by Greg Cote
March 5, 2002
The dogs are running again, in many cases running until they drop, in some cases running until they die.
The 30th Iditarod Trail Sled Dog Race is underway in Alaska to see which team can trek 1,100 miles the fastest. Last year’s winner made it in nine days. The bizarre competition involves 65 “mushers,” drivers along for the ride as their slaves — 16-dog teams, at least at the start — do the hard labor, at times encouraged by their masters’ whips.
It is March madness of a too literal sort.
Dogs die; it is a matter of how many. The Iditarod toll was 117 deaths as the latest race commenced Saturday. The real figure is higher because casualties from the early years are not known. The figure excludes dogs who perish in training, or who later die as a result of the sanctioned torture.
You can imagine the Iditarod folks don’t like sharing such info. It’s like getting the cigarette industry to chat up lung cancer.
The Iditarod is America’s most controversial sporting event, if you’d call this “sporting” in any way.
You either buy into the rugged-outdoors adventurism of the Iditarod as America’s “last great race,” as a celebration of endurance and courage.
Or you see it as America’s most widely accepted display of animal abuse, a grotesque shame masquerading as sport.
There is a compromise: Make the race much, much shorter, with more required rest stops. But that doesn’t interest the Iditarod folks, who guard their “freedom” to grossly overtax their canine chain-gangs.
Dogs have died of hypothermia, strangulation in towlines, heart failure and pneumonia, and been killed when gouged by sleds and attacked by a moose. Iditarod hero and former champ Rick Swanson lost a dog in ’96 after running his team through waist-deep ice water.
The dogs are pulling sleds totaling more than 400 pounds each. To prepare, teams might pull a truck. No wonder anabolic steroids are an issue.
Now, I don’t offend easily. Few would call me a soft heart in terms of my view of animals.
I hold no prayer vigil for a catfish who winds up dusted in cornmeal on somebody’s plate.
I don’t consider horse racing cruel.
I see Fifi in a doggy sweater and I’m not thinking, “Cute poodle,” I’m thinking, “Loony owner.”
(I have no problem telling you that my own dog, Sandy the mutt, is dumber than a piece of driftwood.)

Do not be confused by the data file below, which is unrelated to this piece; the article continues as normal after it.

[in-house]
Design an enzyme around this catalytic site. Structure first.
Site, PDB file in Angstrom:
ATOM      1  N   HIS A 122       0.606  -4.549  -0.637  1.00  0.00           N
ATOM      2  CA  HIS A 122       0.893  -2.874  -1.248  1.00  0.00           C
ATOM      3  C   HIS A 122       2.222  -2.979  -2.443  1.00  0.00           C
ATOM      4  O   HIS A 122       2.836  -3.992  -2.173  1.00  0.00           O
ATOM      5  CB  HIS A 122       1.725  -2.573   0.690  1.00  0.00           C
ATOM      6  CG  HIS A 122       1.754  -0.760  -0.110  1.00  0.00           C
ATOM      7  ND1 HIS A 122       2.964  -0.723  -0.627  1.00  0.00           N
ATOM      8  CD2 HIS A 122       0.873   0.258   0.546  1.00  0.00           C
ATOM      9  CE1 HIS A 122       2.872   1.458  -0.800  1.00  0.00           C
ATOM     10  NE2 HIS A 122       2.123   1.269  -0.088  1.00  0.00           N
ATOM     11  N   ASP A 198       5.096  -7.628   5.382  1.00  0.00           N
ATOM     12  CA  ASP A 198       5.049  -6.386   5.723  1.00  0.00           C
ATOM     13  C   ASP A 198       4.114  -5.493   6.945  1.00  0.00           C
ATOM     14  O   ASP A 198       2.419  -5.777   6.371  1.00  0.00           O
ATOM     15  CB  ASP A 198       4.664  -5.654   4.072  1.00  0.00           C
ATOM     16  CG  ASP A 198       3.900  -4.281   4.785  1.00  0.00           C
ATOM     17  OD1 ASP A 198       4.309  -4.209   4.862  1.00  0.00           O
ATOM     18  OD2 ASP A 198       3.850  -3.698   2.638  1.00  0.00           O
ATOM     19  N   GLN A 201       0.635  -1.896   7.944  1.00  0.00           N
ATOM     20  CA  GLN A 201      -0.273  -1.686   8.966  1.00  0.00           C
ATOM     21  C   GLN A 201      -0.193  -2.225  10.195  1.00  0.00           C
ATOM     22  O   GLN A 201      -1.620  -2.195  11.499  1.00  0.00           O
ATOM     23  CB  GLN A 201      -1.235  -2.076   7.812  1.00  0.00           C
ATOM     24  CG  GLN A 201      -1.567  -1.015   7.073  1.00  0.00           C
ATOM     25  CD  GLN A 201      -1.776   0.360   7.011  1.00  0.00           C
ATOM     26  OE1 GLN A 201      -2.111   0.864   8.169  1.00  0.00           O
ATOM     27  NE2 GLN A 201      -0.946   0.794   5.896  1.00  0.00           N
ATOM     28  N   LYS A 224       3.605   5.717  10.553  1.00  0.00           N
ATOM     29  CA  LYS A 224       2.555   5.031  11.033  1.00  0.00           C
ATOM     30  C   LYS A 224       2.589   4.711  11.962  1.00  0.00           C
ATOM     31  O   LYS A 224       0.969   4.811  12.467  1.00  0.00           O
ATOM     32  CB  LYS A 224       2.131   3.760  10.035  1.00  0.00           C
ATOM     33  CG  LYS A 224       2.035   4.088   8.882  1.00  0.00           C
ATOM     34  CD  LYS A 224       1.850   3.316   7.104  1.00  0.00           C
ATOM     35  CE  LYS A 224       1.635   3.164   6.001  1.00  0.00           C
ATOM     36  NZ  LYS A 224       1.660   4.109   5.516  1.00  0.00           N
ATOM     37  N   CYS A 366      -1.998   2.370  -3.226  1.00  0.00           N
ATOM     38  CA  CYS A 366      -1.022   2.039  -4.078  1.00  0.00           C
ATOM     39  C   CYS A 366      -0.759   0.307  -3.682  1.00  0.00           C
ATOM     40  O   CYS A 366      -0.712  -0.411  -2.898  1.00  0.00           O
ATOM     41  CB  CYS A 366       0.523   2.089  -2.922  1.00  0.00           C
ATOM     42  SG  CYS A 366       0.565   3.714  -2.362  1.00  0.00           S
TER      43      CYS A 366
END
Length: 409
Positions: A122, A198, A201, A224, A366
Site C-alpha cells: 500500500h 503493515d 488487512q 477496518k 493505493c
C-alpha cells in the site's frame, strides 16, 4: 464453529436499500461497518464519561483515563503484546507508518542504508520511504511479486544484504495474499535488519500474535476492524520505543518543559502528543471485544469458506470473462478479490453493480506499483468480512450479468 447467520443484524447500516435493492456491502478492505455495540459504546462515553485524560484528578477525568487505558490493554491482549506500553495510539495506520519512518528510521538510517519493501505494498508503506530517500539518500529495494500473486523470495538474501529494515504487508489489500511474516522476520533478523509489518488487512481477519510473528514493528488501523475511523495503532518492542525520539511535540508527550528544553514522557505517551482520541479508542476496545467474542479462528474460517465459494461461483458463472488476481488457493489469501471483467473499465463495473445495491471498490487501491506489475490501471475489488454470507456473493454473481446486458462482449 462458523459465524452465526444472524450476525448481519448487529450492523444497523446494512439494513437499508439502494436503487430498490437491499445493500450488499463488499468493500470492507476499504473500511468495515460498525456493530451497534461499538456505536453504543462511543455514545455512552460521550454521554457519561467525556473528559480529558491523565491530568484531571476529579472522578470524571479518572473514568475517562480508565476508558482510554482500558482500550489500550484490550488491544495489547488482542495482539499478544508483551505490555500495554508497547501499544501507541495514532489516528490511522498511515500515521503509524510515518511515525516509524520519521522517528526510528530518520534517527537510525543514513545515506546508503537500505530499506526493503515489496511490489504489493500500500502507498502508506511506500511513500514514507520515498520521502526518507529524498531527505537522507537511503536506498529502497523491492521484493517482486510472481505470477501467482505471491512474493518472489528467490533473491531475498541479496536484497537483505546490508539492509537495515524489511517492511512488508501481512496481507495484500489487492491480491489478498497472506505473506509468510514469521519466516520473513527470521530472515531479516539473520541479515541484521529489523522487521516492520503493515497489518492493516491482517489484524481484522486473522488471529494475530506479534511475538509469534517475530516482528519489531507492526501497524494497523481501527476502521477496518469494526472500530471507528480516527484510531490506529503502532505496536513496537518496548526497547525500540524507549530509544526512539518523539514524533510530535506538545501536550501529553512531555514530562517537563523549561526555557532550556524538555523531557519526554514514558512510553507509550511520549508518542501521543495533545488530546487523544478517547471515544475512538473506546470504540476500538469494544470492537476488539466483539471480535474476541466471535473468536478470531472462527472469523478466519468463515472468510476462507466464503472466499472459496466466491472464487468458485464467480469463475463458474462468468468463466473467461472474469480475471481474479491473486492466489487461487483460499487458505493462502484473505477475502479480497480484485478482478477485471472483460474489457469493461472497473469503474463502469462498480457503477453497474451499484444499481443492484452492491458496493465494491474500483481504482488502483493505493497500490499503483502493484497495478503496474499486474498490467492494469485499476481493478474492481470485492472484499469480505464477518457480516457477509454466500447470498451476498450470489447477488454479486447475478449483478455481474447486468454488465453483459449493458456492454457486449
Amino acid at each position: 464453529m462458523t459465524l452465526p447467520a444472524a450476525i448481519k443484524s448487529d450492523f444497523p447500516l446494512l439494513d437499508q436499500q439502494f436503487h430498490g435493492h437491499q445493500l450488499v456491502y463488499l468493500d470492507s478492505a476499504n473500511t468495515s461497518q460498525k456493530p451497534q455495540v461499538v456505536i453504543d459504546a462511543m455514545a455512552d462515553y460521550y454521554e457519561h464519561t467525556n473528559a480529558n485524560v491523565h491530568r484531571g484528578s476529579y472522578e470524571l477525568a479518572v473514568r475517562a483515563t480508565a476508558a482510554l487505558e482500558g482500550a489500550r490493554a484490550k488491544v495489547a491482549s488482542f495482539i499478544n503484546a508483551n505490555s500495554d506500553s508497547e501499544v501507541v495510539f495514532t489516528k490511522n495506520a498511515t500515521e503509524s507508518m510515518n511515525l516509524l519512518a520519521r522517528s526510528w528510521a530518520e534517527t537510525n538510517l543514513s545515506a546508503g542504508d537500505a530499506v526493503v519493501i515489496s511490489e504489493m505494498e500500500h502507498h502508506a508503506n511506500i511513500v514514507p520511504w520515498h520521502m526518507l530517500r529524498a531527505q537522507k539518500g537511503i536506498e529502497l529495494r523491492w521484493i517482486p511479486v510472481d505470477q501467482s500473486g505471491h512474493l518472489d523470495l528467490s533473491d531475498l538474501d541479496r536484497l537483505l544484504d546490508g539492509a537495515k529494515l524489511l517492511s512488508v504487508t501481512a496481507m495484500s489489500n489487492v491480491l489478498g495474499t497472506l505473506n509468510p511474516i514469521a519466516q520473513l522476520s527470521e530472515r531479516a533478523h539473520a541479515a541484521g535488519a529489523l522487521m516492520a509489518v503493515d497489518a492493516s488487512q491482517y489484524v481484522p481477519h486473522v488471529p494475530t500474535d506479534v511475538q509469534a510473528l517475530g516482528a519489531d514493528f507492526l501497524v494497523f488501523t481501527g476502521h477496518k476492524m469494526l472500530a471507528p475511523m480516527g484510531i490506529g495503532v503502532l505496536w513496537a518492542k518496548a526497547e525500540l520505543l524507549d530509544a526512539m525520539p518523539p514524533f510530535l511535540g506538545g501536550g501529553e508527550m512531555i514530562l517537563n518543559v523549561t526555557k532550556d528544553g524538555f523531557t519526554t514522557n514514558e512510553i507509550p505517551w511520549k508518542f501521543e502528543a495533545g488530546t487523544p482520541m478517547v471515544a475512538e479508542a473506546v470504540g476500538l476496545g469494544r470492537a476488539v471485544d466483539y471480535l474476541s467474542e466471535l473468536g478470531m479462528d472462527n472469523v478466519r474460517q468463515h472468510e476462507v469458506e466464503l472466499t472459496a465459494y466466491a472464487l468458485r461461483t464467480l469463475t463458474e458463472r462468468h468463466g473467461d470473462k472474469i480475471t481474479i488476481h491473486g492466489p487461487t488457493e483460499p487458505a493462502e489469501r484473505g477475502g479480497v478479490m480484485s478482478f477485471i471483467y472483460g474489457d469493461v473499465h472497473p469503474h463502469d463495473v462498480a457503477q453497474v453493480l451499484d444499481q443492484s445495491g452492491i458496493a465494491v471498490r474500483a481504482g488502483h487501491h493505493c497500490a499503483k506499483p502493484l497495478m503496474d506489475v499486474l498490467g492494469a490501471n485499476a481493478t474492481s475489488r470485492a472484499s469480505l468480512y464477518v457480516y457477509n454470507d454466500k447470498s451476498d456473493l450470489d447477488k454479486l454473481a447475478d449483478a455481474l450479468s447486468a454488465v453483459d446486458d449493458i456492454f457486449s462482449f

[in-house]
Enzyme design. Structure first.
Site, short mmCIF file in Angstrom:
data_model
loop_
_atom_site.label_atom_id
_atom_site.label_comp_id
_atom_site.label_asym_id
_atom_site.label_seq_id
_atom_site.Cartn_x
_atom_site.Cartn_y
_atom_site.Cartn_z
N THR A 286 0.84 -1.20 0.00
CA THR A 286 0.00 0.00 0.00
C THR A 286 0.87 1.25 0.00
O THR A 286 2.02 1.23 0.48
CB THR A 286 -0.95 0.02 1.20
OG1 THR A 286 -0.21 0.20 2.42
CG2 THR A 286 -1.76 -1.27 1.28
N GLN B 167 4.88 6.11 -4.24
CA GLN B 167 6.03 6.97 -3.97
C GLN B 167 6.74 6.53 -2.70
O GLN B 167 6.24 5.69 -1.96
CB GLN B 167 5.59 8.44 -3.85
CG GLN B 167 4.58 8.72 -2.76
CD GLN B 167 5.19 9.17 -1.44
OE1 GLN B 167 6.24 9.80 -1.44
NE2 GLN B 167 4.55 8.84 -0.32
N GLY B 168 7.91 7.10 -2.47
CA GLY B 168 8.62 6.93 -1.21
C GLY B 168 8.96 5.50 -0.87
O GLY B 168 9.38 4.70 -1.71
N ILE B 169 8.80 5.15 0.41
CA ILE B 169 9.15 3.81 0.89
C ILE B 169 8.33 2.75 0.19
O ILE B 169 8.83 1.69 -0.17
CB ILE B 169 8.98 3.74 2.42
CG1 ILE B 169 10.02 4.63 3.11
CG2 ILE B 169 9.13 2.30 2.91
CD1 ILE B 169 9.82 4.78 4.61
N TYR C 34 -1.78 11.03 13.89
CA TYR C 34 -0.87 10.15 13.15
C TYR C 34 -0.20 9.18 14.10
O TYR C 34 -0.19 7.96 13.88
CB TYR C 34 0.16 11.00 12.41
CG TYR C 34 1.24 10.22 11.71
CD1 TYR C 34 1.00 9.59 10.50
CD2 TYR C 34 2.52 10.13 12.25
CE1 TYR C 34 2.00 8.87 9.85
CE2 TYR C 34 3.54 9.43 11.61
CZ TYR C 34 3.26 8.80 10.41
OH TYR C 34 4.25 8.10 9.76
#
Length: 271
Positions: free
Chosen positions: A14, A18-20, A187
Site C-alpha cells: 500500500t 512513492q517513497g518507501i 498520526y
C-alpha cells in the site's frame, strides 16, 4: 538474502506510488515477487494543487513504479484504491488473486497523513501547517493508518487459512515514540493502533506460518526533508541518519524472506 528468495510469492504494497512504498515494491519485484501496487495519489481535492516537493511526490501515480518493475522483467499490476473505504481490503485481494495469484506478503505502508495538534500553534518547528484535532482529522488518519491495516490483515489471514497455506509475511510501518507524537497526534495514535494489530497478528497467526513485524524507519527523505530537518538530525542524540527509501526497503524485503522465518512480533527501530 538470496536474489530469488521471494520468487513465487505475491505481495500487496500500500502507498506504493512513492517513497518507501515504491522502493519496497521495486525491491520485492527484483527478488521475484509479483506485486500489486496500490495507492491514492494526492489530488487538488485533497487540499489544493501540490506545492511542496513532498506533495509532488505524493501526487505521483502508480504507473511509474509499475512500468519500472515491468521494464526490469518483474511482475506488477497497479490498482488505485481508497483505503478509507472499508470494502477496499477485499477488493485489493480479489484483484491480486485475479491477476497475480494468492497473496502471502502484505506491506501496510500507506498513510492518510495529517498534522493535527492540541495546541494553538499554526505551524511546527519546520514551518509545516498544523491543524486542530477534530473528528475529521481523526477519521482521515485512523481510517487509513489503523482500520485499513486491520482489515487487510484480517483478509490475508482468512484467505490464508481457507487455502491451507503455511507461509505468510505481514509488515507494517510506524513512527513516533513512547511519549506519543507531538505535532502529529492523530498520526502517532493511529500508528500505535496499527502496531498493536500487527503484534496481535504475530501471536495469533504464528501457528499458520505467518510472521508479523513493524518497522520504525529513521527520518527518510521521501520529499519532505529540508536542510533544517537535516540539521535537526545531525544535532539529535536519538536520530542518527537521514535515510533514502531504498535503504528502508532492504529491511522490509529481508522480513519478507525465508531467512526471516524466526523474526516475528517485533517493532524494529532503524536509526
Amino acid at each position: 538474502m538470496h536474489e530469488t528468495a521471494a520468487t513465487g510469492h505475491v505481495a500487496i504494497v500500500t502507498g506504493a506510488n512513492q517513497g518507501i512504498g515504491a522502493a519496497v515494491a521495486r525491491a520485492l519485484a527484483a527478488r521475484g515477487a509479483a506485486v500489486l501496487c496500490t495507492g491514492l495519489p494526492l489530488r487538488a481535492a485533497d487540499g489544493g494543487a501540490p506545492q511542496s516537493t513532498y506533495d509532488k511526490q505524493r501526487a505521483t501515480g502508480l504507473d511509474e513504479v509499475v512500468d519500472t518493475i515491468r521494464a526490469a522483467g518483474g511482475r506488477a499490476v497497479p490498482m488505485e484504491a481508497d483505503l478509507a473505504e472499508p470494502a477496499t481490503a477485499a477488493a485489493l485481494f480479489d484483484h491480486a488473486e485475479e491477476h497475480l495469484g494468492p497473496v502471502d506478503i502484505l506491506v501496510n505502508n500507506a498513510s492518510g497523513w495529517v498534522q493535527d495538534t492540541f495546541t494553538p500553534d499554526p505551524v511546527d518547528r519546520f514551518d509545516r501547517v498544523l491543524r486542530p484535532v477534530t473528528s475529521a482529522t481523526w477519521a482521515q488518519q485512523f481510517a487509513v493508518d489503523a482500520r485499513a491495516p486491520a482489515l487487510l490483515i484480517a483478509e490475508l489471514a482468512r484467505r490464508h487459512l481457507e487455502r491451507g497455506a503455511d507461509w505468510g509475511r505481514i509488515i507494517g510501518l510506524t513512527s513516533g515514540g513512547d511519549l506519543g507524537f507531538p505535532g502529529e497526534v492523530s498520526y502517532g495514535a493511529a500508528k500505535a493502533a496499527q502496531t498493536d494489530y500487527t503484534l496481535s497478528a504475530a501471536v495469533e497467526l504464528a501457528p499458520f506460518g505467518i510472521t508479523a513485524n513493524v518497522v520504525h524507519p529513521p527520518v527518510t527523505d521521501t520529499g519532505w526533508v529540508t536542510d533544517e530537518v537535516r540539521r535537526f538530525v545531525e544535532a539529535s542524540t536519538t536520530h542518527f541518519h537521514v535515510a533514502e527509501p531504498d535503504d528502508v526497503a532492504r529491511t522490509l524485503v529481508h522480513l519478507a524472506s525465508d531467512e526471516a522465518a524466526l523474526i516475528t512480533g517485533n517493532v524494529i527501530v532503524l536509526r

I hear about cosmetic-testing on laboratory mice and I picture a small rodent looking pretty good wearing lipstick and eyeliner.
I have lobbed jabs at the radical People for the Ethical Treatment of Animals (PETA), which, no lie, advocates the football team change names from Green Bay Packers (as in meatpackers) to Green Bay Pickers (as in veggies).
People can surely go nuts on animal rights.
Let’s not lump fishing with organized cockfighting, OK?
And let’s please make a distinction between greyhounds racing a few laps and these Alaskan and Siberian husky dogs being made to run the equivalent of Miami to Washington, D.C., in a death-wish grind interrupted by only three mandatory rest stops.
A Miamian, Margery Glickman, happens to be the Iditarod’s staunchest foe through her Sled Dog Action Coalition (www.helpsleddogs.org), which she runs from a ranch-style home in south Kendall in which she and her husband have raised three children.
The website does not solicit or accept donations. She gives away information, grows awareness.
Glickman, 54, owns one dog herself, a mixed-breed named Bailey, who was rescued from the county pound.
“I always cared about animals,” she said Monday. “But I wasn’t always active at the level I am now.”
That grew from a 1998 Alaskan summer cruise with her two sons. The sightseeing happened upon a huge “dog lot” where more than 200 animals were being raised as Iditarod runners.
“I found the conditions horrific,” she said. “The dogs live tethered permanently on these short leashes. I was appalled, and that feeling stayed with me. I’m taking a stand to help these dogs.”
There are musher kennels all over Alaska. Documented on her website is a musher saying he might breed 300 dogs to get “five good ones.” The rest are “culled,” often killed.
Using dogs as they are used in the race itself would be illegal in many states, including Florida, yet Alaskans somehow romanticize the event as part of their wilderness heritage.
Glickman, a retired elementary-school teacher, gets loads of nasty e-mail but plugs on, filling her website with tons of credibly sourced indications of the race’s cruelty. Pro-animal groups across the country decry the Iditarod but it enjoys a continuing acceptance embodied by the recent Disney movie Snow Dogs, which glorified dog-sled racing.
Yet Glickman’s work is seeing results. Plenty of companies such as Microsoft, Sherwin Williams, Bank of America and Home Depot have dropped their sponsorship of the race or of individual mushers. (Others have not. Glickman’s group just “awarded” Heat owner Micky Arison its Iditarod Dead Dog Award because his Carnival Cruise Lines supports the race.)
While mushers in Alaska are thinking this week of the Iditarod’s more than $600,000 in cash and prizes, Margery Glickman is as far away as she could possibly be — across the country, and philosophically — thinking instead of the Iditarod’s voiceless victims.
“I feel angry. And I feel helpless to a certain extent,” she said. “Mostly, I feel sorry for the dogs.”